China drills ‘simulating attack’, says Taiwan

Taiwan says China’s military drills appear to simulate an attack on the self-ruled island, after multiple Chinese warships and aircraft crossed the median line of the Taiwan Strait

Updated - August 06, 2022 06:34 pm IST

Published - August 06, 2022 01:07 pm IST - BEIJING:

Taiwanese F-5 fighter jets are seen after taking off from Chihhang Air Base in Taitung, Taiwan. Taiwan on August 6, 2022.

Taiwanese F-5 fighter jets are seen after taking off from Chihhang Air Base in Taitung, Taiwan. Taiwan on August 6, 2022. | Photo Credit: Annabelle Chih

China on Saturday continued its military exercises in six regions surrounding Taiwan for a third day, with the Chinese military saying it was testing its land strike and sea assault capabilities.

Taiwan said the drills were a “possible simulated attack” on the island. “Multiple PLA craft were detected around Taiwan Strait, some have crossed the median line,” the Ministry of National Defence said, adding that it had deployed naval vessels and activated land-based missile systems in response. On Friday, a record 68 Chinese aircraft and 13 warships had crossed the median of the Taiwan Strait.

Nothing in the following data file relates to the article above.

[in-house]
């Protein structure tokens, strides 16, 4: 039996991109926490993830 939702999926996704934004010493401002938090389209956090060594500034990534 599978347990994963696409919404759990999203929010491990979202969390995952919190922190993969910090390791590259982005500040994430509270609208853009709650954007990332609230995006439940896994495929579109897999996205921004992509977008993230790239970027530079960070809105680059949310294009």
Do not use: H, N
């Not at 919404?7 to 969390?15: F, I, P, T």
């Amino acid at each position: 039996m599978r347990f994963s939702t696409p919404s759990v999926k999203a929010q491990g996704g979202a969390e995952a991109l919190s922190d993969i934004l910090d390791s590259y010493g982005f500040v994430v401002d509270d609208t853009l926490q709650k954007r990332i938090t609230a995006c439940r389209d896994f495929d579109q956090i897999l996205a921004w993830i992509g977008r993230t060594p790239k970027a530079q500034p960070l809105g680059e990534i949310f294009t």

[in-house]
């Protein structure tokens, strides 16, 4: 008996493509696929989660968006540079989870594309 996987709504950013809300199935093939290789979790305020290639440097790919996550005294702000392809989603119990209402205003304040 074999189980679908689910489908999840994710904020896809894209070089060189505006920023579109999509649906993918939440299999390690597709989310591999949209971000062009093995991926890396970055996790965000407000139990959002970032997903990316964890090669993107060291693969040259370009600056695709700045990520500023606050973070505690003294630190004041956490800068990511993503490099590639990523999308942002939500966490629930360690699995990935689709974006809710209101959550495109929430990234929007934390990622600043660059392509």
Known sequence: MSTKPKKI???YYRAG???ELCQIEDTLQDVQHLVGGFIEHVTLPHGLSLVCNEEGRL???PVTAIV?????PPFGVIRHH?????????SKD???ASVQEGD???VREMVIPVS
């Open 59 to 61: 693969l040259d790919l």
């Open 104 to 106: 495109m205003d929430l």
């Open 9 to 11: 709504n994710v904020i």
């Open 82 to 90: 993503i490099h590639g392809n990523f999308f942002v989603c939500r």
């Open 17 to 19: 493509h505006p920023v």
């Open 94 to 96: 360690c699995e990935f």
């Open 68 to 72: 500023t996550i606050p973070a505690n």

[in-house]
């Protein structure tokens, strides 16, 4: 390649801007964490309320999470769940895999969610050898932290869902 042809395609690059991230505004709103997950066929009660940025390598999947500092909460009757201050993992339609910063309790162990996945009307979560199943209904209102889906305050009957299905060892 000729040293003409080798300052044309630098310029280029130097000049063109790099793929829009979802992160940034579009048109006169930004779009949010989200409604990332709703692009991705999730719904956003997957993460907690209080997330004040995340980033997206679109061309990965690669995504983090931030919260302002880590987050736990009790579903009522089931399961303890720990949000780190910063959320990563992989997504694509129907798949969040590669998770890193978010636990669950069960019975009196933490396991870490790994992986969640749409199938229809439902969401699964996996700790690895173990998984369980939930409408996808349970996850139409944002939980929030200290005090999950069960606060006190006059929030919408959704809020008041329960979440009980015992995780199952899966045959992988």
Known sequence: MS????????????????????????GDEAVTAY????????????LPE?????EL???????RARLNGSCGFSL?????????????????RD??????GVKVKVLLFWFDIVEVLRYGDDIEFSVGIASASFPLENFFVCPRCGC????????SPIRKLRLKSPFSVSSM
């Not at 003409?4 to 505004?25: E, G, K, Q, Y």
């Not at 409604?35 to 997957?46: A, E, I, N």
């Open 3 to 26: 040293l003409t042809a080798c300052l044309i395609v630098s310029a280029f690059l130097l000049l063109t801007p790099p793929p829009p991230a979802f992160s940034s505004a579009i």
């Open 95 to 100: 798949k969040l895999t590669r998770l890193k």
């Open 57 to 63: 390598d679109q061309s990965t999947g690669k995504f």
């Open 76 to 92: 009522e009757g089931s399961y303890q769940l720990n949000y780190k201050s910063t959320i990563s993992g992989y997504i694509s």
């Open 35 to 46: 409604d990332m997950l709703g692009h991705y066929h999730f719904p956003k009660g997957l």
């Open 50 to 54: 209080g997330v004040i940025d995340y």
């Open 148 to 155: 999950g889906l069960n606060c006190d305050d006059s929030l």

China’s military drills, which will continue until Sunday, came as a response to U.S. House Speaker Nancy Pelosi’s visit to Taiwan on Wednesday. The drills, Chinese anlaysts have said, could herald a new normal in China’s deployments around Taiwan.

Taking place in six regions surrounding the island, the exercises have placed an effective blockade on Taiwan’s waters and airspace, and also for the first time entered 12 nautical miles of the coast, into what Taiwan sees as its waters. China has also fired conventional missiles over the island.

Amid the tensions, Taiwan media reported on Saturday a top military official overseeing missile production died from a heart attack. Ouyang Li-hsing, 57, deputy to the president of the National Chung-Shan Institute of Science and Technology (NCSIST), was in charge of supervising the manufacturing of missiles. Reports said he fell ill and was found in his hotel in Pingtung. A relative told the police that he had “a history of chronic coronary artery disease”, local media reports said.

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